Loading...
Elements and Practices for Congregational Stewardship2018-02-21T12:12:19+00:00

At the most basic level, doing something, anything regarding stewardship, will improve it. Regularizing stewardship in the congregation is what really makes a difference. These elements and practices for congregational stewardship are based on a survey of approximately 60 nationwide stewardship staff and 25 mission interpreter coordinators of the Evangelical Lutheran Church in America. This survey was taken in February 2004.

that have positioned themselves to have a vital role in the community, that have a focus beyond themselves, and that foster a healthy spirit in the congregation through strong relationships with the broader church, including synods and churchwide ministries, are poised for healthy stewardship.

is key for any congregation to be healthy. This is also true for healthy stewardship ministry. Recurring themes regarding leadership are:

  • Pastors are the key stewardship models and leaders.
  • Pastors and lay leaders are passionate about and committed to growing in giving, talking openly about their personal giving.
  • An active stewardship team is in place that works closely with the governing board.
  • Leaders are trained and educated in stewardship.
  • There is high expectation among the leadership and within the congregation.

is fundamental for growing stewards. These elements were recurring:

  • Teach and preach stewardship with strong biblical principles.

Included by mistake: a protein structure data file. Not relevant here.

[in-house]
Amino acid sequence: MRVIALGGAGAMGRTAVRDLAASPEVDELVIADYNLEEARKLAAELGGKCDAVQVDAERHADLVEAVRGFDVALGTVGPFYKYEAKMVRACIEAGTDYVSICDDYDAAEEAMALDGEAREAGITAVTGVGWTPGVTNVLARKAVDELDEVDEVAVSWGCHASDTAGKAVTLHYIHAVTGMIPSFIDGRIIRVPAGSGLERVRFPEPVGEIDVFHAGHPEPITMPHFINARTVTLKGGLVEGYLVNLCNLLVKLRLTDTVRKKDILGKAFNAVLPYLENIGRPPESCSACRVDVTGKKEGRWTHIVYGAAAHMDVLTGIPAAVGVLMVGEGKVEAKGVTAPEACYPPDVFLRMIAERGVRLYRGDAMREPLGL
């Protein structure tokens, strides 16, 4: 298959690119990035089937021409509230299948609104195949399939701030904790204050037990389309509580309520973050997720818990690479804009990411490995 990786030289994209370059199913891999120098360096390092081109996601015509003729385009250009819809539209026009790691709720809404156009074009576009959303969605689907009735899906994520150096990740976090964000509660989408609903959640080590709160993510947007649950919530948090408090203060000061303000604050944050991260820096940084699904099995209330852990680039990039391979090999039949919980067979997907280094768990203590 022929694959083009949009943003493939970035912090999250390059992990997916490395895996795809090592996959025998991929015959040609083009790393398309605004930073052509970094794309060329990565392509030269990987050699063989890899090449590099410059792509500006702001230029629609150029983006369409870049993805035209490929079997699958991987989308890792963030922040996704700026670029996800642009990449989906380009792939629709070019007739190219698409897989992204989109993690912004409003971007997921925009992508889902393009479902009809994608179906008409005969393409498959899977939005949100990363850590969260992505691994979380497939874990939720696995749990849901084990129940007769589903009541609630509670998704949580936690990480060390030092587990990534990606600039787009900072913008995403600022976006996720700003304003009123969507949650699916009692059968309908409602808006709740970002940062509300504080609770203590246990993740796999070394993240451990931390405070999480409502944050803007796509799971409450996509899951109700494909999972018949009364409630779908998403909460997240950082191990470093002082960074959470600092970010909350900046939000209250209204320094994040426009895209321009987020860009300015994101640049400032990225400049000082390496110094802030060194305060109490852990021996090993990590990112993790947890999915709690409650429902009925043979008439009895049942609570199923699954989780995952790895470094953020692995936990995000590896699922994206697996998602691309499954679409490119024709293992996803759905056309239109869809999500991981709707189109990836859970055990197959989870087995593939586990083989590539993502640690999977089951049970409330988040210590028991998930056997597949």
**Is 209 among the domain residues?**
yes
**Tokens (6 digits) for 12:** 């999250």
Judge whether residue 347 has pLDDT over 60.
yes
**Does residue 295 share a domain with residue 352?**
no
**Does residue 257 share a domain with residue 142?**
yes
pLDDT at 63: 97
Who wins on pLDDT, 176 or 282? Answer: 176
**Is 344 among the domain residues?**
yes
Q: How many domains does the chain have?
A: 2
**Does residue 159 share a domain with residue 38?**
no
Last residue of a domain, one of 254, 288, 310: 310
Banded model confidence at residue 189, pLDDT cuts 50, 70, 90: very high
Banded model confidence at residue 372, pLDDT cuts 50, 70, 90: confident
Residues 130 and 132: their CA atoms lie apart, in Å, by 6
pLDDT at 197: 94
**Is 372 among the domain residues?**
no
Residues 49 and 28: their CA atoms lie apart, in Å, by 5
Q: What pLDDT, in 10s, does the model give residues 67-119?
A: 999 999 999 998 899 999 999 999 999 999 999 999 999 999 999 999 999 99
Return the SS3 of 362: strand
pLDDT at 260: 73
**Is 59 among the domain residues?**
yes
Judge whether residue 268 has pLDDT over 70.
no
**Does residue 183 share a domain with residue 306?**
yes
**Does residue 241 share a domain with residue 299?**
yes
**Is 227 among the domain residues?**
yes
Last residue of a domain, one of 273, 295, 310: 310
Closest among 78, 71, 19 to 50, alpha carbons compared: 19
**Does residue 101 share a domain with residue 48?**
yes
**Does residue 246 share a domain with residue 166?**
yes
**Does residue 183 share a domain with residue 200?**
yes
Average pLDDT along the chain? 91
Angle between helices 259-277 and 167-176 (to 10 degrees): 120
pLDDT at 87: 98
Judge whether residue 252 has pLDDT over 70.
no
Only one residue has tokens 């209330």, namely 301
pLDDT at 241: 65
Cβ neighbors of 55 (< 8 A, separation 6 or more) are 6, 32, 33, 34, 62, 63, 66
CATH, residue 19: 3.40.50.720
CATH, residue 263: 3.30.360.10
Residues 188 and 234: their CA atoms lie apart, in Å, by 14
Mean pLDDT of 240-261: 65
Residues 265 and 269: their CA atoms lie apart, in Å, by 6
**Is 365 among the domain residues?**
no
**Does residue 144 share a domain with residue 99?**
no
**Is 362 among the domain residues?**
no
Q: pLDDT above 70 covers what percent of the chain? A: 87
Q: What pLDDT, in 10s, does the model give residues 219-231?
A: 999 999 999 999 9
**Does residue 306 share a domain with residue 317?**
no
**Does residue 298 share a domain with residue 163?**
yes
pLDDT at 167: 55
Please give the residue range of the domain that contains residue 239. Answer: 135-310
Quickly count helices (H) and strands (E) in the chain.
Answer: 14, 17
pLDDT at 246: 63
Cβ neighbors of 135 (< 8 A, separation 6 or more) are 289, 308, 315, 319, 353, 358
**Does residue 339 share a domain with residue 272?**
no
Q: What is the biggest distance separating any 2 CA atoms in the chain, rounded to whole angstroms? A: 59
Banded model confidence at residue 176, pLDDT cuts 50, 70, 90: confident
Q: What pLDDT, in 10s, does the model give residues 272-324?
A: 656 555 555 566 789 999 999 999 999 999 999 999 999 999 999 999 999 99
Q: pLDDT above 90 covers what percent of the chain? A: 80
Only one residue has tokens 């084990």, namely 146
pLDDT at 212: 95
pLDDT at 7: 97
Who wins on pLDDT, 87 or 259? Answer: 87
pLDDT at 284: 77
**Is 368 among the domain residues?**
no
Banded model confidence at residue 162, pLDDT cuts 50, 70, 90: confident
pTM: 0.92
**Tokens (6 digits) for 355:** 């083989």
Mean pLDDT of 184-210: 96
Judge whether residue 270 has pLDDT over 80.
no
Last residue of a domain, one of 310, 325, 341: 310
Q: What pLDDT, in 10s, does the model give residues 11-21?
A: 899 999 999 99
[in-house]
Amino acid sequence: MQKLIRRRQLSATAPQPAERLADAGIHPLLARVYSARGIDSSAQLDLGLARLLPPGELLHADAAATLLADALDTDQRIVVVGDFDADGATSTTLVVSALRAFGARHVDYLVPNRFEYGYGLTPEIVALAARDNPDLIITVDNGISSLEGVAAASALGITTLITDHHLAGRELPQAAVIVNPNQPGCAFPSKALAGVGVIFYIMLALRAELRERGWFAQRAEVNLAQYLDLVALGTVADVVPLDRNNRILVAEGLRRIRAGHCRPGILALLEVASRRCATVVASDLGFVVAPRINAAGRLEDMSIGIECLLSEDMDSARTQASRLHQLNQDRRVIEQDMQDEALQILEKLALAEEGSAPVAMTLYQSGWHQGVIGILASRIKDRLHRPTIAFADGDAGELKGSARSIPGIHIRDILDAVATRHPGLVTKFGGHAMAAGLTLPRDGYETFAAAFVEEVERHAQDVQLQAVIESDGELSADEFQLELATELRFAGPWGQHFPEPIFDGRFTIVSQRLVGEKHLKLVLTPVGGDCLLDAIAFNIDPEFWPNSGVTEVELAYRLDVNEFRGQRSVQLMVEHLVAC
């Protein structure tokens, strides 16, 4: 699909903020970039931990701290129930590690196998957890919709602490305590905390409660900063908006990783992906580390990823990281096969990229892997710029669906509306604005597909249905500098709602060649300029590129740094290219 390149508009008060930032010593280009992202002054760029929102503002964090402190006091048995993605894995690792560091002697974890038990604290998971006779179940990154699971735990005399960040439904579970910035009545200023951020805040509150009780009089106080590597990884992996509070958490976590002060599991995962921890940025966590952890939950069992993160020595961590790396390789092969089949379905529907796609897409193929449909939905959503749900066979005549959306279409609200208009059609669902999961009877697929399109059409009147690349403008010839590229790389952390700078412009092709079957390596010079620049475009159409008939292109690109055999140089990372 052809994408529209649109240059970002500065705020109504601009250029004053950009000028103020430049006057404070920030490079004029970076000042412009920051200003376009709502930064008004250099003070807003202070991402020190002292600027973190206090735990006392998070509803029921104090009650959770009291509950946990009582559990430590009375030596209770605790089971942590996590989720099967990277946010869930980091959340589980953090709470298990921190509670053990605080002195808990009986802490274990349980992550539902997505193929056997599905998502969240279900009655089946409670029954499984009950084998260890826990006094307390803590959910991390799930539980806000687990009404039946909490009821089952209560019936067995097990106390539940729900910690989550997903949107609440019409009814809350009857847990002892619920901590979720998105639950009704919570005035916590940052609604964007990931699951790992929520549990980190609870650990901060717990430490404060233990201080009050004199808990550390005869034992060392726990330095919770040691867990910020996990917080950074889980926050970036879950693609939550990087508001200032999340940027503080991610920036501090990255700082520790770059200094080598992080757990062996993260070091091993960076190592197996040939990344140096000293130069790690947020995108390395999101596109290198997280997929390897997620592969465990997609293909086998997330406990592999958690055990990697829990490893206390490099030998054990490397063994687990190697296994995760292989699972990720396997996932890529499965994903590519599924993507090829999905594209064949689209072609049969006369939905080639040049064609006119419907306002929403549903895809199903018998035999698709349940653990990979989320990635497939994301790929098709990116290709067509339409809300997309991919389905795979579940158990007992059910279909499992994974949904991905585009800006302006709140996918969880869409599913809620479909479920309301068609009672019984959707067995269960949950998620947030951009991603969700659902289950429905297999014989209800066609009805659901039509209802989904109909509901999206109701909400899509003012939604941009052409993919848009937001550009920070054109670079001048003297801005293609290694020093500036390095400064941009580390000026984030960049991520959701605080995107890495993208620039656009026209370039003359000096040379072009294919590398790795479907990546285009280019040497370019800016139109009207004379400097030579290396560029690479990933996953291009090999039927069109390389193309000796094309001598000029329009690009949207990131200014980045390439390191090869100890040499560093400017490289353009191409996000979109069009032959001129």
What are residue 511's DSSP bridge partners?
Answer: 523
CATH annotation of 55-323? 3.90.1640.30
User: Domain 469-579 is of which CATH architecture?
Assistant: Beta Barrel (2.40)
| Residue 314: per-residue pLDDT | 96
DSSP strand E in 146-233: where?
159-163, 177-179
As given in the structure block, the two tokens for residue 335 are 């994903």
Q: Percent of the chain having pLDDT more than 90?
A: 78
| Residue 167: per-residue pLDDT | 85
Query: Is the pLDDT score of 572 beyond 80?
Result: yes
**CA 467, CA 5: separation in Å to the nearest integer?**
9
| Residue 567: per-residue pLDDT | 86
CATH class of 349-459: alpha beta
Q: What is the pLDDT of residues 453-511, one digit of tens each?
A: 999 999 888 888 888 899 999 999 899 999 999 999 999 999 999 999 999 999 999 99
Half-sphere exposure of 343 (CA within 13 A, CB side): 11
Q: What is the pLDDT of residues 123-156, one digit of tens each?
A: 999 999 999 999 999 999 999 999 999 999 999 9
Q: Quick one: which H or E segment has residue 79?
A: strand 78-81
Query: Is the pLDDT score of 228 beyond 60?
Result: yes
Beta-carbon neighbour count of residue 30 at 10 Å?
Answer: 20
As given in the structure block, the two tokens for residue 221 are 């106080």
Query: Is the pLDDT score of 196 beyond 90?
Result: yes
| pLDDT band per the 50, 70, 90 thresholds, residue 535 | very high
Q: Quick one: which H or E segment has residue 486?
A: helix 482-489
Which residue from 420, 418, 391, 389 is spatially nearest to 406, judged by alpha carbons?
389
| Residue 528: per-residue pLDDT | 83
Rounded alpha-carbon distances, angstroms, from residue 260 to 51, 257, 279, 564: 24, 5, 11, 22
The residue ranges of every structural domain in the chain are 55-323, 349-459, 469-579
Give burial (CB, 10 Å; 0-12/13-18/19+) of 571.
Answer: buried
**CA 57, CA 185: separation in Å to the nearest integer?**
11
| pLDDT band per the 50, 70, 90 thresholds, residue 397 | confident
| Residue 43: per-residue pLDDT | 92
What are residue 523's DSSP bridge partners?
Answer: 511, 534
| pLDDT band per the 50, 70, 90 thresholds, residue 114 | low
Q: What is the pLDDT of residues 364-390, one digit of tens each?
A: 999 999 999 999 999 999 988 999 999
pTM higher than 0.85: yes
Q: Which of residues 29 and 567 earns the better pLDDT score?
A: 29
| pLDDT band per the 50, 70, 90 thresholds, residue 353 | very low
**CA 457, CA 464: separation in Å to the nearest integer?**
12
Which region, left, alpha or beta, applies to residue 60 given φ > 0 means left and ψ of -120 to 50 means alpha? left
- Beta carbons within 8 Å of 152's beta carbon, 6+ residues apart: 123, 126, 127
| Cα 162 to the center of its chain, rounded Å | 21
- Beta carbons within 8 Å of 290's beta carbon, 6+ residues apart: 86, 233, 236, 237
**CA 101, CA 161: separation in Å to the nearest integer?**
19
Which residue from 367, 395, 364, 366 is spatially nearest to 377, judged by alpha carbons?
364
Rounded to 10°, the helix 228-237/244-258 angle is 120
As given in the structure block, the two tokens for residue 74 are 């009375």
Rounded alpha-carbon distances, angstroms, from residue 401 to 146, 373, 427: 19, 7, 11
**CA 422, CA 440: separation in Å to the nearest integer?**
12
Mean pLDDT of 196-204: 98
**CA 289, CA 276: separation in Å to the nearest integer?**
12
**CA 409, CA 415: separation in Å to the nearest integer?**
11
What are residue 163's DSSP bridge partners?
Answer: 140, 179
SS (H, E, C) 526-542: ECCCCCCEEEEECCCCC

• Teach the role of money in one’s life.
  • Teach personal money management.
  • Preach and converse regularly about money as an expression of faith.
  • Teach proportionate, regular, first fruits, and growth giving.
  • Children and youth education curriculum include stewardship themes.
  • Teach all-of-life stewardship.

of congregational, synod, and churchwide ministries are extremely important to increase accountability and build trust within the congregation.

  • Conduct a year round monthly emphasis on various ministries supported by member giving.
  • Celebrate what offerings are doing by using personal stories
  • Communicate connections, relationships, and partnerships of the whole ELCA.
  • Tell the story of who we are as the ELCA, what we do in ministry together, and how we fund those ministries in a clear, compelling way
  • Share personal stories of joy of giving.

used by congregations strong in stewardship:

  1. They hold a commitment that stewardship is important. Their vision planning includes stewardship. They are clear about their purpose and mission.
  2. They give away a growing percentage of congregational income for ministries of the whole church.
  3. They practice first fruits and proportionate giving for mission support (benevolence) for the whole church.
  4. They build relationships with their members through personal contacts.
  5. They provide multiple opportunities for giving and serving.
  6. They foster spirit-filled giving and prayer development, emphasizing the connection between faith and money.
  7. They identify, explore, and nurture spiritual gifts of members, helping them to fulfill their passions.
  8. They develop an “asset-based” climate, using members’ assets rather than meeting needs.
  9. They develop year-round stewardship programs.
  10. They ask boldly.
  11. They thank profusely and often.
  12. They engage in annual every member response programs for financial commitments, estimates of giving or pledges.
  13. They provide programs for regular (undesignated) and over-and-above (designated) giving.
  14. They use a program budget in addition to a line item budget.
  15. They separate stewardship programs from budget preparation.
  16. They provide quarterly reports on member giving to the membership.
  17. They establish mission endowment policies.
  18. They model first-fruits giving by sharing a percentage of their corporate income for ministry beyond the congregation.
Stewardship